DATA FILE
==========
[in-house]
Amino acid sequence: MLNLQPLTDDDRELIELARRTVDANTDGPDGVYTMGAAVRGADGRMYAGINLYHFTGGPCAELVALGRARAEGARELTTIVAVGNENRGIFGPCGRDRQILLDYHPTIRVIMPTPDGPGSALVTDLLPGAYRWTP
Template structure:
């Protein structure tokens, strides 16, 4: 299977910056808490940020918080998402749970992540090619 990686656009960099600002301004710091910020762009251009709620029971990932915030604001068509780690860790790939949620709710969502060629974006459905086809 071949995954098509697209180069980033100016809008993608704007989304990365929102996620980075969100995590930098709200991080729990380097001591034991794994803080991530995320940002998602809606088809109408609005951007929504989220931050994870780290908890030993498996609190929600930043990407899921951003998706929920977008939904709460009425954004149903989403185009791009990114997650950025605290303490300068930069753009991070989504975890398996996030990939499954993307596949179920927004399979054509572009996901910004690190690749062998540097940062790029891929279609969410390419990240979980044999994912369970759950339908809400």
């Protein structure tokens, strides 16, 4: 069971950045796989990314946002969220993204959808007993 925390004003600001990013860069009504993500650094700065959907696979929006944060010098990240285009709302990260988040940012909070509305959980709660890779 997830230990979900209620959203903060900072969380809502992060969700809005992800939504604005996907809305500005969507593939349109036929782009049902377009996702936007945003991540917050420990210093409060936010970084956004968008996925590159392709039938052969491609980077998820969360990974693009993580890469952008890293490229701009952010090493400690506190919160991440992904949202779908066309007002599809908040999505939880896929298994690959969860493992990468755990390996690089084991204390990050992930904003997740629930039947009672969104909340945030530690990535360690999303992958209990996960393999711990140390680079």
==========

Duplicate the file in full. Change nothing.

[in-house]
Amino acid sequence: MLNLQPLTDDDRELIELARRTVDANTDGPDGVYTMGAAVRGADGRMYAGINLYHFTGGPCAELVALGRARAEGARELTTIVAVGNENRGIFGPCGRDRQILLDYHPTIRVIMPTPDGPGSALVTDLLPGAYRWTP
Template structure:
């Protein structure tokens, strides 16, 4: 299977910056808490940020918080998402749970992540090619 990686656009960099600002301004710091910020762009251009709620029971990932915030604001068509780690860790790939949620709710969502060629974006459905086809 071949995954098509697209180069980033100016809008993608704007989304990365929102996620980075969100995590930098709200991080729990380097001591034991794994803080991530995320940002998602809606088809109408609005951007929504989220931050994870780290908890030993498996609190929600930043990407899921951003998706929920977008939904709460009425954004149903989403185009791009990114997650950025605290303490300068930069753009991070989504975890398996996030990939499954993307596949179920927004399979054509572009996901910004690190690749062998540097940062790029891929279609969410390419990240979980044999994912369970759950339908809400």
């Protein structure tokens, strides 16, 4: 069971950045796989990314946002969220993204959808007993 925390004003600001990013860069009504993500650094700065959907696979929006944060010098990240285009709302990260988040940012909070509305959980709660890779 997830230990979900209620959203903060900072969380809502992060969700809005992800939504604005996907809305500005969507593939349109036929782009049902377009996702936007945003991540917050420990210093409060936010970084956004968008996925590159392709039938052969491609980077998820969360990974693009993580890469952008890293490229701009952010090493400690506190919160991440992904949202779908066309007002599809908040999505939880896929298994690959969860493992990468755990390996690089084991204390990050992930904003997740629930039947009672969104909340945030530690990535360690999303992958209990996960393999711990140390680079």